This black and white image of a stormy Columbia River Gorge is mostly shadow and mid-tones, with modest contrast.  Its histogram would be similar to the one on the left in Figure 4.

 

These two situations, low contrast and high contrast, are of course extremes in a continuum.  And one situation is no better than another.  But when faced with a scene that has a lot of overall contrast, a camera with good dynamic range will expose so that the histogram (again, of a properly exposed picture) comes close to but does not climb up either the left or right edges (see Figure 5 below).

Fig. 5. Histogram of a high-contrast scene.  Click image to go to the source website.

Fig. 5. Histogram of a high-contrast but properly exposed scene. Click image to go to the source website.

Garden of the Gods, Colorado.  This image has fairly high contrast, and so a histogram very similar to Figure 2.

Garden of the Gods, Colorado. This image has fairly high contrast, and so a histogram very similar to Figure 5.

When the curve of your histogram climbs up the edges, that means you are not properly exposing parts of the image.  You’re losing data and will wind up with either blocked (too dark) or blown-out (too bright) areas (see Figure 2 above).  The higher up the sides the histogram goes, the bigger are those areas, and the more likely they are to negatively impact the final image.  Of course if you want to do this then it’s probably fine.  And if something like the sun is overexposed, then it is more than fine, it’s natural.

A camera with good dynamic range helps with this problem of shadow or highlight clipping.  It allows you greater latitude to bring out details in very bright or very dark parts of your images.  It allows you to capture images with a great variety of overall contrast levels.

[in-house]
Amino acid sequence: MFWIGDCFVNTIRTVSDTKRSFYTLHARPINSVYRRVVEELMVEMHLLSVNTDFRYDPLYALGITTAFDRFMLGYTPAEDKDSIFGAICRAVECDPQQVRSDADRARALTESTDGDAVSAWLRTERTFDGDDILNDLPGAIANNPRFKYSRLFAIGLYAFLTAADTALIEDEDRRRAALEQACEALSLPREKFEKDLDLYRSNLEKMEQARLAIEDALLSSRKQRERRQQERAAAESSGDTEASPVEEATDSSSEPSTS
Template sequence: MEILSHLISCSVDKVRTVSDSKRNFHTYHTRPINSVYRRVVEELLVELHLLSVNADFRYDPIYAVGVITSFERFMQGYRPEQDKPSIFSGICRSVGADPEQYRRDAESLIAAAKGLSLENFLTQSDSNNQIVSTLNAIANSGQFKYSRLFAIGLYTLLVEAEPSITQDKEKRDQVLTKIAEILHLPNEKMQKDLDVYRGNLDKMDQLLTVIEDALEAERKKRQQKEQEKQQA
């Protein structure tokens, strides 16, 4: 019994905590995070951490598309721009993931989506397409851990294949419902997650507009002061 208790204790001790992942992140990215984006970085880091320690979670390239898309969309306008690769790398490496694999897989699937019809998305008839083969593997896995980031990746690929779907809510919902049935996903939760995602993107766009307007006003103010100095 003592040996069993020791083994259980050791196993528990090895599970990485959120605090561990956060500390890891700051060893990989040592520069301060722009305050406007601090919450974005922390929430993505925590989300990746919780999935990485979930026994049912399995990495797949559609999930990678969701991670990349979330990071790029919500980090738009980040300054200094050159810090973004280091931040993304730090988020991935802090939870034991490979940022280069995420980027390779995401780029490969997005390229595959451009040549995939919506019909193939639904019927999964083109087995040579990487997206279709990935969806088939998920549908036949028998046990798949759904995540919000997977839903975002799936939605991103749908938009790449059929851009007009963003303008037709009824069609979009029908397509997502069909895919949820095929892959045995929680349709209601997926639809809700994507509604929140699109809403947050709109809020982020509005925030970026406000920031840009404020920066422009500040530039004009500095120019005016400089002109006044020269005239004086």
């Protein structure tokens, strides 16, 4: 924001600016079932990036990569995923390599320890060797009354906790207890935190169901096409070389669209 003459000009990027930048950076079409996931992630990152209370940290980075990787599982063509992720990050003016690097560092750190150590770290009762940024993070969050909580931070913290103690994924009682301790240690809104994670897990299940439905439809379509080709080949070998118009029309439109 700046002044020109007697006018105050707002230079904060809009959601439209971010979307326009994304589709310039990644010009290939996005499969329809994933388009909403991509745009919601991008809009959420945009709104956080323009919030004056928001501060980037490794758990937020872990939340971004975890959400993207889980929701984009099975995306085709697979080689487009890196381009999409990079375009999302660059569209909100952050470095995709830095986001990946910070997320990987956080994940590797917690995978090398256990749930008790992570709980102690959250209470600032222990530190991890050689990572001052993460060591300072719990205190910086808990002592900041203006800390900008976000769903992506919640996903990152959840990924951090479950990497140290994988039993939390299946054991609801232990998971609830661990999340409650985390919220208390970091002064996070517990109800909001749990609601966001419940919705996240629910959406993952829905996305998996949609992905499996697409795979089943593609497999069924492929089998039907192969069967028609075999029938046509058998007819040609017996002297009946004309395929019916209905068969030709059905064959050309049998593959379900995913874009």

Pink bleeding hearts bloom in the forests of the Pacific Northwest during spring.

Pink bleeding hearts bloom in the forests of the Pacific Northwest during spring.

A Caveat

I would like to throw in a big caveat to this benefit.  Don’t think you always need to even out tones HDR-style.  How much brightening of shadows and darkening of highlights you do on the computer is, after all, up to you.  You can even go the opposite direction by letting things go to pure black.  Or you can purposefully allow bright areas to be blown out.

It’s probably best to not think so much about how much contrast you can squeeze from the scene without blowing out highlights or clipping shadows.  Instead, think about the mood of the scene, the emotions you wish to elicit, the story you want to tell.  Let that be your guide, not the ability of your camera to manipulate a wide range of tones.  It’s yet another case of “just because you can doesn’t mean you should”.  Okay, end of rant, and end of post!  See you next Friday, when I’ll wrap up dynamic range.

This shot of Oregon's Mount Hood was framed so as to show some of the surrounding forest.

This shot of Oregon’s Mount Hood was framed so as to show some of the surrounding forest.

Advertisements

7 responses to “Friday Foto Talk: Dynamic Range III – The Histogram

Subscribe to comments with RSS.

  1. I love your tutorials! I was just beginning to learn to read histograms so this post was timely. Thanks!

  2. This has been a great series. Thank you so much.

  3. Very helpful. I’ve been trying to use the histogram as a guide bur didn’t really understand it. I shall view it with renewed interest and understanding now!

  4. These tutorials of yours are really helpful for me. I am just starting to use- or at least look at- the histogram and so this came at a very opportune time. Thank you!

Please don't be shy; your words are what makes my day!

Fill in your details below or click an icon to log in:

WordPress.com Logo

You are commenting using your WordPress.com account. Log Out / Change )

Twitter picture

You are commenting using your Twitter account. Log Out / Change )

Facebook photo

You are commenting using your Facebook account. Log Out / Change )

Google+ photo

You are commenting using your Google+ account. Log Out / Change )

Connecting to %s

%d bloggers like this: